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Sciatica pain – symptoms, causes and treatment
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Sciatica pain – symptoms, causes and treatment

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Sciatica pain is usually caused by compression or irritation of one of the spinal nerve roots. The condition can be effectively managed with non-surgical treatments. …

Sciatica pain is usually caused by compression or irritation of one of the spinal nerve roots. The condition can be effectively managed with non-surgical treatments.

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  • 1. Sciatica Pain – Symptoms, Causes and Treatment Sciatica pain is usually caused by compression or irritation of one of the spinal nerve roots. The condition can be effectively managed with non-surgical treatments. Severe lower back pain that travels down the back of the thigh and extends down below the knee is typical of the medical condition known as sciatica. This pain occurs due to irritation or compression of the sciatic nerve roots. This is one of the longest nerves in the body, starting from the back of pelvis through buttocks and all the way down both legs. The pain due to this condition can range from mild to very painful. Some of the common symptoms of this condition include • Pain in the buttock or leg • Weakness, numbness in the leg • Shooting pain that makes it difficult to stand up • Difficulty moving the leg or foot • Burning or tingling down the leg
  • 2. What causes sciatica? Normally, the condition is caused by irritation of the sciatic nerve. One of the other main causes of this nerve disorder is a herniated or slipped disc. Normally, the intervertebral discs in the spine act as shock absorbers to protect your spine and keep it flexible. If the disc weakens (either due to normal wear and tear or due to a spine injury), some of the contents of the disc may seep out and get pressed against the nerve root. Some of the other causes of this condition include • Spondylolisthesis • Spinal tumors • Piriformis syndrome • Lumbar spinal stenosis • Degenerative disc disease • Trauma • Sciatic nerve tumor or injury Who is at Risk? The condition can occur as a result of the general wear and tear of aging or any activity that places sudden pressure on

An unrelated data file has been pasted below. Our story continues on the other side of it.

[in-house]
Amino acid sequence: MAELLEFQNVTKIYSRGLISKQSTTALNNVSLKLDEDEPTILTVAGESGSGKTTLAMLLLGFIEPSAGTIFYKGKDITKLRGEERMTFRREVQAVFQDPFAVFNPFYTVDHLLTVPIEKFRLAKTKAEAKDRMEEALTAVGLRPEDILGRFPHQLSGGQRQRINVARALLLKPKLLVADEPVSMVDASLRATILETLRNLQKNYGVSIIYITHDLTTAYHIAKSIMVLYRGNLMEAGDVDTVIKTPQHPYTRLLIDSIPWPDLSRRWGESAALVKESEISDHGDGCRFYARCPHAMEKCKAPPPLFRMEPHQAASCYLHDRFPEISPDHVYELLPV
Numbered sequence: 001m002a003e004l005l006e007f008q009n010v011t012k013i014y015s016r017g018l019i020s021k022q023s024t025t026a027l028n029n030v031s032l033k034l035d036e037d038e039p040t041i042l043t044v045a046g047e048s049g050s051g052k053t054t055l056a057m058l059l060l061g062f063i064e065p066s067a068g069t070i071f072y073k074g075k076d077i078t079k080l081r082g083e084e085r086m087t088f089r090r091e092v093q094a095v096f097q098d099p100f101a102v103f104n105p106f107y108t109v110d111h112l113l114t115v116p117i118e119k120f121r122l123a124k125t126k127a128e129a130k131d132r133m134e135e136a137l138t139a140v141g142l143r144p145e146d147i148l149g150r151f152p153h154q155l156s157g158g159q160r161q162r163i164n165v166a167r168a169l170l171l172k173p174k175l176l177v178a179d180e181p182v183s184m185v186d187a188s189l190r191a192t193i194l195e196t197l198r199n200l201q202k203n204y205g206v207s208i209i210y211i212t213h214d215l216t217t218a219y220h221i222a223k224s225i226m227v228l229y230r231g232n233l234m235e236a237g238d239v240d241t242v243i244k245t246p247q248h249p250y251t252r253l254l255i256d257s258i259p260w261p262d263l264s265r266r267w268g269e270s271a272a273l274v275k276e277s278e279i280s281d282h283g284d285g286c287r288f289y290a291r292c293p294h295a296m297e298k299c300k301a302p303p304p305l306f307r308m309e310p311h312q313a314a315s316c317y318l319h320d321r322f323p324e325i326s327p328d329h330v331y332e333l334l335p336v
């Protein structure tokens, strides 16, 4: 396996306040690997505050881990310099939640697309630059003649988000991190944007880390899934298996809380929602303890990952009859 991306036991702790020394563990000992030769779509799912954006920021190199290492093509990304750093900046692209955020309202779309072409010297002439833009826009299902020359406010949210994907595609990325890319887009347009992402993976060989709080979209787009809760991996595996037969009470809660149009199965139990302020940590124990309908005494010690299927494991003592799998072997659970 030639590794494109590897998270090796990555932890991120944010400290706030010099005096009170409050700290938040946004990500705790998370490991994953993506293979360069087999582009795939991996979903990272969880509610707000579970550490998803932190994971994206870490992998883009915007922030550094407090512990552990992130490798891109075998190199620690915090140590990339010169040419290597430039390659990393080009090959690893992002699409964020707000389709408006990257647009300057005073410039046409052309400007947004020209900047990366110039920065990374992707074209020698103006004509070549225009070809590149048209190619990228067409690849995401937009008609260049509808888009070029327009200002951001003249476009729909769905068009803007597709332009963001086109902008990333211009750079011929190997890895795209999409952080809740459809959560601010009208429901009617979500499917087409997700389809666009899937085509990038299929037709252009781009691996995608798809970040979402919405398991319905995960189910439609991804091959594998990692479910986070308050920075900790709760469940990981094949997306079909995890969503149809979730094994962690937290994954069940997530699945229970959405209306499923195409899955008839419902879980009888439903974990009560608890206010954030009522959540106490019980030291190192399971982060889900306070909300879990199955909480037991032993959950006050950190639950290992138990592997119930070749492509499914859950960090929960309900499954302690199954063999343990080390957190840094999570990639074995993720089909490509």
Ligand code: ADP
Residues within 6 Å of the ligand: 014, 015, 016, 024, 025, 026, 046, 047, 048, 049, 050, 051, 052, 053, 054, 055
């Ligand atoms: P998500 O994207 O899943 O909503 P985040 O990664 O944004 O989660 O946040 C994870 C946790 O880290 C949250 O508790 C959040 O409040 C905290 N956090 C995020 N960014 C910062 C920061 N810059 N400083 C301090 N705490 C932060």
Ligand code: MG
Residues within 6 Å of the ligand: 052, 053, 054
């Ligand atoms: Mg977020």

• 3. the disks that cushion the vertebrae of the lower spine. Changes in the spine caused by arthritis also increase the risk for sciatica in older adults. The condition can affect people who lead a sedentary lifestyle or those who engage in jobs involving frequent twisting, bending and heavy weight lifting. A study on a sample of workers in Finland which was published in Spine Journal (2002) reported that walking can cause the onset of sciatica symptoms and that jogging is associated with a continuation of symptoms. Pregnant women and people with diabetes are also at risk of nerve damage. Diagnosing the condition The diagnosis of this chronic nerve condition focuses on identifying the cause and location of the patient’s pain. As part of the consultation, the physician will evaluate the complete medical history of the patient. Muscle tests may be conducted to test your strength and reflexes. Additional tests like X-rays, MRI for herniated discs, CT scan, and myelogram would be recommended if the pain lasts longer than 4 weeks. Effective Non-surgical Treatment The good news is that established health care centers offer effective non-surgical types of treatment for sciatica. These treatment programs are developed and managed by a team of specialists comprising pain management
  • 4. physicians, chiropractors, physical therapists and neurologists, and would include the following: • Physical therapy – This is an ideal option for effectively managing pain related to the condition and to restore function and mobility. Various therapeutic exercises are recommended to strengthen and improve the flexibility of muscles and joints. Treatment programs would also include ultrasound, massage and myofascial release, traction and Transcutaneous Electrical Nerve Stimulation (TENS). • Epidural steroid injections – Injections of corticosteroids (commonly called steroids) can reduce inflammation. The injection is directly administered in the epidural space which is inside the outer membrane covering the spine. • Exercise – Exercises can help to improve a patient’s strength, mobility and range of motion. These generally include gentle strengthening, stretching, aerobic and isometric exercises. • Spinal decompression therapy – This FDA-approved therapy involves the decompression of the discs in the spine which creates a vacuum within the spinal discs and removes the extra pressure on the affected nerves and spine.
  • 5. • Massage therapy – Deep pressure application or gentle manipulation can help to increase blood circulation and relax tight muscles. It provides relief from acute pain and reduces inflammation. • Oral medications - Nonsteroidal anti-inflammatory drugs (NSAIDs) like ibuprofen or oral steroids reduce pain and inflammation. Though sciatica nerve pain is a complicated condition, it can be managed and resolved and further recurrences prevented with proper treatment. On the other hand, if this chronic nerve disorder if left untreated, it could lead to severe complications like partial immobility of the leg, altered sensation of the leg, and other functional disabilities such as limitations in walking, sitting and standing.